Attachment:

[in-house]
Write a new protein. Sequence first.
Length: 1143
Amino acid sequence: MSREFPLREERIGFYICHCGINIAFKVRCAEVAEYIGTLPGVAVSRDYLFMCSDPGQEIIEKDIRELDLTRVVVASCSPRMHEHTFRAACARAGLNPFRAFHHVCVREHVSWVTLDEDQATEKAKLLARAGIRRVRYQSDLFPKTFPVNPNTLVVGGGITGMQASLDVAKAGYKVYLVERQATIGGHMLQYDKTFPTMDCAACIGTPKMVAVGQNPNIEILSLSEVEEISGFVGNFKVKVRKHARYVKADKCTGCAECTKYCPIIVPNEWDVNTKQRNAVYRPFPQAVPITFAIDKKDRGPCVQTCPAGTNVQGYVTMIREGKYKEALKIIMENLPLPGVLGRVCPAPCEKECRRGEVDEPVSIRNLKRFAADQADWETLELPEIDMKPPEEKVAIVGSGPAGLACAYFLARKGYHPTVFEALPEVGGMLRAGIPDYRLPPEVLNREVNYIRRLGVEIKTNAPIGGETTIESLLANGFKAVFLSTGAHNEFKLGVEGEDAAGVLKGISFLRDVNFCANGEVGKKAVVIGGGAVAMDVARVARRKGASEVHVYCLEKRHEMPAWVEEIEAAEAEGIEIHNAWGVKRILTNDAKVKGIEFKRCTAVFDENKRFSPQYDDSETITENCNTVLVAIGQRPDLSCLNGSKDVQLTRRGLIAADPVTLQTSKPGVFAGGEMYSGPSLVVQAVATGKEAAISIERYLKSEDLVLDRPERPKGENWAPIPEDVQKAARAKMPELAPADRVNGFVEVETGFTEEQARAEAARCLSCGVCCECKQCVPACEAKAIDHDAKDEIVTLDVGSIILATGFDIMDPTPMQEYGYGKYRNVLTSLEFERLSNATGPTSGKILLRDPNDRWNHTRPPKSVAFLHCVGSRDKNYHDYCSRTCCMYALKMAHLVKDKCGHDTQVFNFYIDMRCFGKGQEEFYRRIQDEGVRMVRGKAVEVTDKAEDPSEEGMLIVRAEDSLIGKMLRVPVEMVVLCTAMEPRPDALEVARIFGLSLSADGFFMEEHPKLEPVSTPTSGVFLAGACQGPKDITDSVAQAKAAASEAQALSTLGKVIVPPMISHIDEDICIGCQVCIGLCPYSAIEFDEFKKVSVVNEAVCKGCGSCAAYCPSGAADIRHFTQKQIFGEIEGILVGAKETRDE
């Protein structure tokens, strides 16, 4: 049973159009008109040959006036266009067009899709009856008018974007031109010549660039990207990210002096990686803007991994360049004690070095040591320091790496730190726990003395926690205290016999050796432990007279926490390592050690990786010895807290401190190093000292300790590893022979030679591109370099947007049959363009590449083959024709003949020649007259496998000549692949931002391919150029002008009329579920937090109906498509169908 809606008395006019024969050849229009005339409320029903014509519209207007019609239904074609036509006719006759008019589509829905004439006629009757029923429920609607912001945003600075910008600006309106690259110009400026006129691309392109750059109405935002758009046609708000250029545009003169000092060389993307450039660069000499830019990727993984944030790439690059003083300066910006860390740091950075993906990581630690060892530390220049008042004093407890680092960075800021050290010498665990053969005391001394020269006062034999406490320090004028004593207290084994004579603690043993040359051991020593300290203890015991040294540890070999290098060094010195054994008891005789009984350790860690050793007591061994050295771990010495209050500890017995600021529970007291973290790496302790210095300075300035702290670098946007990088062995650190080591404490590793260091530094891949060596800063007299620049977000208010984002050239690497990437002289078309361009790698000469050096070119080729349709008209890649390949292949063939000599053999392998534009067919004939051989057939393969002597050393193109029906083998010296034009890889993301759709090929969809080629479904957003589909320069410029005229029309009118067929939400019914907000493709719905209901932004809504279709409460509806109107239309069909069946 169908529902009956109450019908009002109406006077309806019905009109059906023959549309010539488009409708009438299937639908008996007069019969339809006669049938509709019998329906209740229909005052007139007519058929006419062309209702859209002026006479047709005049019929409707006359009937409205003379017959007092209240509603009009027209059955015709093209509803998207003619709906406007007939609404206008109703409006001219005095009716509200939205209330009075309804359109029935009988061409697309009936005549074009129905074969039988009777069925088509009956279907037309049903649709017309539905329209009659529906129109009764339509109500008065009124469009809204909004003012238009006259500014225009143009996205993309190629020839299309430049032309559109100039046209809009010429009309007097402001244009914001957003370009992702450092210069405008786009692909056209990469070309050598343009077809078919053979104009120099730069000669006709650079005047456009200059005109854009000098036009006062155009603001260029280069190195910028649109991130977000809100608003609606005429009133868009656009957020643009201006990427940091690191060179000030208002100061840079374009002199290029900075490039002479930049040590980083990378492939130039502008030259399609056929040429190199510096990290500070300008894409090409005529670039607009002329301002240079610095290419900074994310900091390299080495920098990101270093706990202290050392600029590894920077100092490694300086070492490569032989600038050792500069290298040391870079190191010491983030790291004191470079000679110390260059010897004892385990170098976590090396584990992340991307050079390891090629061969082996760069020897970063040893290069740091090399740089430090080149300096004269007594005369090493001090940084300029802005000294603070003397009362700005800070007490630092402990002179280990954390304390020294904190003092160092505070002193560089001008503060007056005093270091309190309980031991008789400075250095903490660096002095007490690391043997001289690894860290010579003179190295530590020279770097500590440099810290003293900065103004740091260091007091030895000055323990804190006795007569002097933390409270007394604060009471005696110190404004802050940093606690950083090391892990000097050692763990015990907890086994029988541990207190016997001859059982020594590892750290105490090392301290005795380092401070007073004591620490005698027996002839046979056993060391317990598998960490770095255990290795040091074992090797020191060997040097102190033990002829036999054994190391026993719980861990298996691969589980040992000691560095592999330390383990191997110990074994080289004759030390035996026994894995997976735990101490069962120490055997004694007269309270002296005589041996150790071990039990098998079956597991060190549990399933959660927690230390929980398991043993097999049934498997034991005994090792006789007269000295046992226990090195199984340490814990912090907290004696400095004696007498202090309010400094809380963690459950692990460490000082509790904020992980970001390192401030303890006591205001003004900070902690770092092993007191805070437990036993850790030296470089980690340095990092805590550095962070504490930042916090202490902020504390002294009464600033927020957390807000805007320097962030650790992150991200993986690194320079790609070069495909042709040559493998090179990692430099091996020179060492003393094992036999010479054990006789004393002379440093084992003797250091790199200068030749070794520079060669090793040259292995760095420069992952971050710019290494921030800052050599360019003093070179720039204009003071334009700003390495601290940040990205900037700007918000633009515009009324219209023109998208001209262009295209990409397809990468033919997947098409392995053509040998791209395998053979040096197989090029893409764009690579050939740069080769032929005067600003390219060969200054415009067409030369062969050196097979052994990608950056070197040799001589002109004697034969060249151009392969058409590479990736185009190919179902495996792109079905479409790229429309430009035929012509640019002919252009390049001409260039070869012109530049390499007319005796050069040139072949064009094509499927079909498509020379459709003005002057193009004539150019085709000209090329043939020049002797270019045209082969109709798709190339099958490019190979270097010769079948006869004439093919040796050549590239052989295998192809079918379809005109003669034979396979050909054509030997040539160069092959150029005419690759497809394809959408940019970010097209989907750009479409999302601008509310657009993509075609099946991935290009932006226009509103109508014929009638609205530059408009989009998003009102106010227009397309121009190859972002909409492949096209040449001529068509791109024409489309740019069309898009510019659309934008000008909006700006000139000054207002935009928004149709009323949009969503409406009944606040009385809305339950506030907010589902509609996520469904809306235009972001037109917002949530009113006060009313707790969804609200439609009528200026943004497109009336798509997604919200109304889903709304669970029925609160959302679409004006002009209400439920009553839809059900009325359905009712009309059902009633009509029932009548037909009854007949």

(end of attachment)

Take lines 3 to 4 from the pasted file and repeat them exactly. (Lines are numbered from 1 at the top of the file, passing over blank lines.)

Length: 1143
Amino acid sequence: MSREFPLREERIGFYICHCGINIAFKVRCAEVAEYIGTLPGVAVSRDYLFMCSDPGQEIIEKDIRELDLTRVVVASCSPRMHEHTFRAACARAGLNPFRAFHHVCVREHVSWVTLDEDQATEKAKLLARAGIRRVRYQSDLFPKTFPVNPNTLVVGGGITGMQASLDVAKAGYKVYLVERQATIGGHMLQYDKTFPTMDCAACIGTPKMVAVGQNPNIEILSLSEVEEISGFVGNFKVKVRKHARYVKADKCTGCAECTKYCPIIVPNEWDVNTKQRNAVYRPFPQAVPITFAIDKKDRGPCVQTCPAGTNVQGYVTMIREGKYKEALKIIMENLPLPGVLGRVCPAPCEKECRRGEVDEPVSIRNLKRFAADQADWETLELPEIDMKPPEEKVAIVGSGPAGLACAYFLARKGYHPTVFEALPEVGGMLRAGIPDYRLPPEVLNREVNYIRRLGVEIKTNAPIGGETTIESLLANGFKAVFLSTGAHNEFKLGVEGEDAAGVLKGISFLRDVNFCANGEVGKKAVVIGGGAVAMDVARVARRKGASEVHVYCLEKRHEMPAWVEEIEAAEAEGIEIHNAWGVKRILTNDAKVKGIEFKRCTAVFDENKRFSPQYDDSETITENCNTVLVAIGQRPDLSCLNGSKDVQLTRRGLIAADPVTLQTSKPGVFAGGEMYSGPSLVVQAVATGKEAAISIERYLKSEDLVLDRPERPKGENWAPIPEDVQKAARAKMPELAPADRVNGFVEVETGFTEEQARAEAARCLSCGVCCECKQCVPACEAKAIDHDAKDEIVTLDVGSIILATGFDIMDPTPMQEYGYGKYRNVLTSLEFERLSNATGPTSGKILLRDPNDRWNHTRPPKSVAFLHCVGSRDKNYHDYCSRTCCMYALKMAHLVKDKCGHDTQVFNFYIDMRCFGKGQEEFYRRIQDEGVRMVRGKAVEVTDKAEDPSEEGMLIVRAEDSLIGKMLRVPVEMVVLCTAMEPRPDALEVARIFGLSLSADGFFMEEHPKLEPVSTPTSGVFLAGACQGPKDITDSVAQAKAAASEAQALSTLGKVIVPPMISHIDEDICIGCQVCIGLCPYSAIEFDEFKKVSVVNEAVCKGCGSCAAYCPSGAADIRHFTQKQIFGEIEGILVGAKETRDE